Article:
I had a great time yesterday listening to students debate major South Dakota issues and speaking with them afterward at the South Dakota Democratic Party’s Young Elected Legislative Leaders event at the Capitol. I also had the chance to talk with some adult Democrats who got me thinking about our tax system.
I advocate a moonshot plan to fund $10,000 raises for every teacher in South Dakota by cutting one eighth of our tax expenditures, mostly breaks we give on sales and use tax. An expert on the subject tells me that even with those breaks, 60% of our sales tax revenue comes from businesses.
Suppose you run a business. Whether you make a profit or not, you buy raw materials, tools, services from other contractors, electricity, and other inputs all the time. Would you be better off paying sales tax up front on the costs of your inputs, or would you be better off paying income tax at the end of the year (or the quarter) on your profit, if you have any?
My expert friend suggests that businesses watching the bottom line would prefer the income tax. South Dakota’s sales and use tax actually hits less profitable businesses harder than would a well-designed income tax.
The Tax Foundation, which regularly ranks South Dakota’s tax system as one of the best for business, dings our sales and use tax for exactly that reason:
The negative impact of sales taxes is well documented in the economic literature and through anecdotal evidence. For example, Bartik (1989) found that high sales taxes, especially sales taxes levied on equipment, had a negative effect on small business start-ups. Moreover, companies have been known to avoid locating factories or facilities in certain states because the factory’s machinery would be subject to the state’s sales tax.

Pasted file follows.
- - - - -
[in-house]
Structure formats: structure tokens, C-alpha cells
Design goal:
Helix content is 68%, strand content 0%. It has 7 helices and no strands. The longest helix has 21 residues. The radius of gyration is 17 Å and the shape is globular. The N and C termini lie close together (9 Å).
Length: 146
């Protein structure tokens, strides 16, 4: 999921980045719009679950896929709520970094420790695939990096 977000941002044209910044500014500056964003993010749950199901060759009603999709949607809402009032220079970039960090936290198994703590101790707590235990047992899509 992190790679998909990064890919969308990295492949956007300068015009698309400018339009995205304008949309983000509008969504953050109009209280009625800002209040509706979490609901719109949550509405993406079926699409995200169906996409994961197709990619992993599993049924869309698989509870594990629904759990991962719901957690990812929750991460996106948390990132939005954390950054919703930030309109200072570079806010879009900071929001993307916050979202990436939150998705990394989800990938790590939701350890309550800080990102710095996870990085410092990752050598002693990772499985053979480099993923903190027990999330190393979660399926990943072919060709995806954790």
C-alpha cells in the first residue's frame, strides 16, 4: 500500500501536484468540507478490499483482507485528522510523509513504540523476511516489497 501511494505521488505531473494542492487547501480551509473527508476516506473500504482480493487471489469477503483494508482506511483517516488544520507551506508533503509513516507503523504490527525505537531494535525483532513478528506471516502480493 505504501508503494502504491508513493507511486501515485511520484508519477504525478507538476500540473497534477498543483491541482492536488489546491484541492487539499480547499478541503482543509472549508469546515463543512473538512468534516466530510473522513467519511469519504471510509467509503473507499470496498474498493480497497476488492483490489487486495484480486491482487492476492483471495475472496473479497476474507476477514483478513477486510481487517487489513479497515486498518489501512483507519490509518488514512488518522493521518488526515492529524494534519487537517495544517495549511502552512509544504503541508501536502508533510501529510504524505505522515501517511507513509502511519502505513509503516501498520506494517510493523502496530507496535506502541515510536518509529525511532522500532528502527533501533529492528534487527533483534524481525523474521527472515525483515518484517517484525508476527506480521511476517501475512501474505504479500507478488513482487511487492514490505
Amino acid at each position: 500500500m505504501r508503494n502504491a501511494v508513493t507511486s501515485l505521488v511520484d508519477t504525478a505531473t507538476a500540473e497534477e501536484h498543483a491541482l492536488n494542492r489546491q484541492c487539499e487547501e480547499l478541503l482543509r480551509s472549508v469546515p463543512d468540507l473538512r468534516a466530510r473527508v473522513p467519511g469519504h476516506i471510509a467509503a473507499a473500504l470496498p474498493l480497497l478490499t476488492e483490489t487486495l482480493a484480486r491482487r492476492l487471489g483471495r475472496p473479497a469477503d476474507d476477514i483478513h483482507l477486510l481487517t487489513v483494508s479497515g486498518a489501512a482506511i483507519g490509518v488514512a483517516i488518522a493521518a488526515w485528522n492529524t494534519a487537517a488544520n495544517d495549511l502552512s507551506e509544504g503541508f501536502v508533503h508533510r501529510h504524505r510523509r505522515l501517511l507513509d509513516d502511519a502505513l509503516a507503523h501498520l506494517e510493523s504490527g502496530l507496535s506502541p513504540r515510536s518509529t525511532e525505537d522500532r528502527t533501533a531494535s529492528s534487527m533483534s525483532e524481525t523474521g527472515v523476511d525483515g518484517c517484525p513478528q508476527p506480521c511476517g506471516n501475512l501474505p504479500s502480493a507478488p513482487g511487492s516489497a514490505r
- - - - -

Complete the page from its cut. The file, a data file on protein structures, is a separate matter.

States that create the most tax pyramiding and economic distortion, and therefore score the worst, are states that levy a sales tax that generally allows no exclusions for business inputs.27 Hawaii, New Mexico, Washington, and South Dakota are examples of states that tax many business inputs. The ideal base for sales taxation is all goods and services at the point of sale to the end user [Scott Drenkard and Joseph Henchman, “2015 State Business Tax Climate Index,” Tax Foundation, 2014].
The Tax Foundation weighs individual income tax most heavily in its ranking methodology, counting it as 32.1% of the score. Their methodology weighs sales tax at 21.6%, one percentage point higher than corporate income tax. In other words, the Tax Foundation says sales tax is a slightly worse burden than corporate income tax.
Senator Brock Greenfield is trying to legislate himself and his fellow VFW/American Legion baseball coaches out of paying sales and use tax on their services. Governor Dennis Daugaard vetoed that exemption Friday. Our friend Nick Nemec points out that South Dakota is really taxing Coach Greenfield’s income. Maybe Coach Greenfield is trying to cut the wrong tax. He only pays the tax on his coaching income if he gets a job coaching. He’s got to pay sales tax on his food and baseball shoes and his workouts at the gym (gotta stay fit year rounds to keep up with those kids in case yo land a coaching job, right?) whether he’s working or not. Coach Greenfield, maybe instead of repealing your particular state income tax, you need to work on replacing the sales tax with a fairer business income tax.